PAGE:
We knew his potential was higher and that he can battle for race wins and constant podiums. The only thing that let us down were the starts, but we kept working on the starts. What happened at Mantova was terrible for AJ and for us. The season was over there so it was an unfortunate ending to our season. We all knew that if Arminas made it until Lommel we all knew the damage he could do there but that’s the reality, we didn’t make it that far and the season was finished at Mantova.
GateDrop: Obviously this year was a strange season with triple headers and midweek racing, but I think it’s fair to say that Infront done a brilliant job under the circumstances, what was your thoughts on the job they done so we could go racing?
Pyrhönen: To be honest, I think they done an awesome job. Under these conditions to organise these races and to find away to be able to put the paddock together at different locations, different countries. I think they did an unbelievable job and nothing else to say. I know it was not easy to make events happen during this COVID-19 time, we all know that, but they made it happen and I need to give a big credit to them for the job they did.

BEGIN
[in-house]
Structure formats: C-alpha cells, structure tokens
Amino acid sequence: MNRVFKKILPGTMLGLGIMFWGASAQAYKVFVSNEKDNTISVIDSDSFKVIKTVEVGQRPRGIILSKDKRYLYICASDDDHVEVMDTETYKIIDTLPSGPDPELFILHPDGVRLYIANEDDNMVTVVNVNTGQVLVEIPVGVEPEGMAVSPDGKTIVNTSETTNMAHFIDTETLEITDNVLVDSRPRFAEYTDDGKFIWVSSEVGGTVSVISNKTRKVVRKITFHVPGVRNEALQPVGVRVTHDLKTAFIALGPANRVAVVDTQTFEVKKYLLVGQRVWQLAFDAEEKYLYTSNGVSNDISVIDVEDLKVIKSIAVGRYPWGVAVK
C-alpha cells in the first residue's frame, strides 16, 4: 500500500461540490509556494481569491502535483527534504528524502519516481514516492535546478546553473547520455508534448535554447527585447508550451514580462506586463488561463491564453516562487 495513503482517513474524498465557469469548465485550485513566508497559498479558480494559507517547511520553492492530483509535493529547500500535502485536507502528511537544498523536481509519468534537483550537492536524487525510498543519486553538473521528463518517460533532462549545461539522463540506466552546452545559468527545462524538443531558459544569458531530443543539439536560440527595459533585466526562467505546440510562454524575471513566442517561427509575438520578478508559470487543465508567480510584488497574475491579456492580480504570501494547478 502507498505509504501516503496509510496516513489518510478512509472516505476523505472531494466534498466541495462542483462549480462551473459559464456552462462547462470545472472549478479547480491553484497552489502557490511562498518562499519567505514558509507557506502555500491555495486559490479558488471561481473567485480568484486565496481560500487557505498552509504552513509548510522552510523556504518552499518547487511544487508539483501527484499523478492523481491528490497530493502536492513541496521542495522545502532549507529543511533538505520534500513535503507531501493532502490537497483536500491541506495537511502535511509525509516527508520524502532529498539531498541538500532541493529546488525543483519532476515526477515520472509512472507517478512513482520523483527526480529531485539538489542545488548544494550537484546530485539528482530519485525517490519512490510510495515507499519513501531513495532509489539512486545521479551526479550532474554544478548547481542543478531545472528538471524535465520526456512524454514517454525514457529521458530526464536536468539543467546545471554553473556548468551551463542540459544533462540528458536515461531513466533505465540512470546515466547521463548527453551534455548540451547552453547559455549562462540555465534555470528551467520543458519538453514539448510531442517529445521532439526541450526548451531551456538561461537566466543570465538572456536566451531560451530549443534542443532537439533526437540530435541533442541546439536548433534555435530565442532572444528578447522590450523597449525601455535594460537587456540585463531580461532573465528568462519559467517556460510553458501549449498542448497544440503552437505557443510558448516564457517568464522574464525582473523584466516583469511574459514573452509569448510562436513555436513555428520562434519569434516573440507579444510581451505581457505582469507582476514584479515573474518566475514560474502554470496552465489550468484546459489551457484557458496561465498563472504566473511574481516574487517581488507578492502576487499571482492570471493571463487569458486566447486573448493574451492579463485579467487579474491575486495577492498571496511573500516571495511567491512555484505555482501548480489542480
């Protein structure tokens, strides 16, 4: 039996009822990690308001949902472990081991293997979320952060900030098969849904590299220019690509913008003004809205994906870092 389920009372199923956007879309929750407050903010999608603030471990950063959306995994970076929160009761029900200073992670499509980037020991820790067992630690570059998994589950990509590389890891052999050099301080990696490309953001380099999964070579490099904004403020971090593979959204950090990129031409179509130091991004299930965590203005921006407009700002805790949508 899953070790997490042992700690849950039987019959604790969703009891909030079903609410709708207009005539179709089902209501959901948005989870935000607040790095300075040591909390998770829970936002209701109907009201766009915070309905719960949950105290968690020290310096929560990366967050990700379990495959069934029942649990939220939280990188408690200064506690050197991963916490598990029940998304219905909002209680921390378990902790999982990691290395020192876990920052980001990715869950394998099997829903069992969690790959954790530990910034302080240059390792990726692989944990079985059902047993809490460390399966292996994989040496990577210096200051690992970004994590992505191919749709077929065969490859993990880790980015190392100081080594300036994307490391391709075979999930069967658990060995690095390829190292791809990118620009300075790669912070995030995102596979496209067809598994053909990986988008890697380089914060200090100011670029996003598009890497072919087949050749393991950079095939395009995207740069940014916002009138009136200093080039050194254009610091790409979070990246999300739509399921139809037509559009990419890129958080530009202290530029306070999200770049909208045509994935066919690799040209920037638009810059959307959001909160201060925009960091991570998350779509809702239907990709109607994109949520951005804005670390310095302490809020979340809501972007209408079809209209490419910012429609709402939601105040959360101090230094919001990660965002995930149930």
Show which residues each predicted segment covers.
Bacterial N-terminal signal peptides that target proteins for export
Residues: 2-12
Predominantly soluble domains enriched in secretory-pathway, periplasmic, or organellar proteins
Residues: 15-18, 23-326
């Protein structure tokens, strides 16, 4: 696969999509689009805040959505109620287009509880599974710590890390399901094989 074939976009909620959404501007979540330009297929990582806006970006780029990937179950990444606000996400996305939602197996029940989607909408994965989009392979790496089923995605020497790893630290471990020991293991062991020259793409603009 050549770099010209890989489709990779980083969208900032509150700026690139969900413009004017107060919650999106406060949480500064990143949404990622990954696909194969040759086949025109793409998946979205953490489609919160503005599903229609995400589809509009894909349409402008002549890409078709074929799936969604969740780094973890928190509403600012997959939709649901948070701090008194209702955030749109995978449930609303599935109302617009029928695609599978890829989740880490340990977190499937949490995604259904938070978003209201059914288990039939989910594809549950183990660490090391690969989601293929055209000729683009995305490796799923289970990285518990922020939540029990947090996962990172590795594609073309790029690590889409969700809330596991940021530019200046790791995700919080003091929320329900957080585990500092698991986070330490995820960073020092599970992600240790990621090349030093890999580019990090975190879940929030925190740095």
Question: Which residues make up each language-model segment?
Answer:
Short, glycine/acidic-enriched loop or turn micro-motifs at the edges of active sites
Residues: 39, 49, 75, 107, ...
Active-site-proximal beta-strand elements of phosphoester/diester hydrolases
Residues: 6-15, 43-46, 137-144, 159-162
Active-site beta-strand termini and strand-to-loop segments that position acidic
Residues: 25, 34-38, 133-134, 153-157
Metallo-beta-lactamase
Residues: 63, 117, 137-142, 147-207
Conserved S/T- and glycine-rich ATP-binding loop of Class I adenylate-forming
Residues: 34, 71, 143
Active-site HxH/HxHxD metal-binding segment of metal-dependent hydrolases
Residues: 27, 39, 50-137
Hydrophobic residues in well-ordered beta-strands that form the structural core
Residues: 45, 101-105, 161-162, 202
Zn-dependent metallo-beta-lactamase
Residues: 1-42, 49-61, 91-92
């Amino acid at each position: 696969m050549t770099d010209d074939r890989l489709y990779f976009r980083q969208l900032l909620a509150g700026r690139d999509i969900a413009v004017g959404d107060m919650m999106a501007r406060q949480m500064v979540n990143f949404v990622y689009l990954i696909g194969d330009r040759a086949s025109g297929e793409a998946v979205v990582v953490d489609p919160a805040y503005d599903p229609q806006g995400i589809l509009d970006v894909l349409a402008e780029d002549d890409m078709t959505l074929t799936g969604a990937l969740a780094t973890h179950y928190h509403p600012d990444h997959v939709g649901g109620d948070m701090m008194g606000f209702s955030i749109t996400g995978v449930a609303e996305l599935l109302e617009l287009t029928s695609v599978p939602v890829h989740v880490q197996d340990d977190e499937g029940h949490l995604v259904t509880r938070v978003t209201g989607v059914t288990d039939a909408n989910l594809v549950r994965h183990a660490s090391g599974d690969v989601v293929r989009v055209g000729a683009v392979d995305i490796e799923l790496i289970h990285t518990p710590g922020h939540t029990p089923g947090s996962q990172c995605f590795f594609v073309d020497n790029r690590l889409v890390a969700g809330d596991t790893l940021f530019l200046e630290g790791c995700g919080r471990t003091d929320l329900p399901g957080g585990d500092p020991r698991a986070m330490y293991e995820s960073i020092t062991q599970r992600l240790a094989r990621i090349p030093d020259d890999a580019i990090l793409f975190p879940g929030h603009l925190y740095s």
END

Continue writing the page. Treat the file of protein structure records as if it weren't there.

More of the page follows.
GateDrop: Jasikonis got on the podium at Valkenswaard in what was a superb weekend for him – winning the qualifying race and going 3-3 in the moto’s. He’s been on the podium before but for me that one was more impressive – everyone was there with no injuries and the way he did it – he blew me away! Did you expect that from him so early in the season or did it surprise you a little?
Pyrhönen: To be honest we knew it was just a matter of time when it came. AJ with his training pace, his condition and his general level was a podium level – this was just a fact. At Valkenswaard, Latvia 1, Latvia 2, Latvia 3 and even Faenza. Whatever the race, his level was not a surprise. He had a level and the potential to battle for podiums and race wins. The only weakness he had was the starts, this is what everyone has seen. Everybody knows his speed and that he was able to come through the pack even making passes in the last five minutes. The starts were our Achilles heel.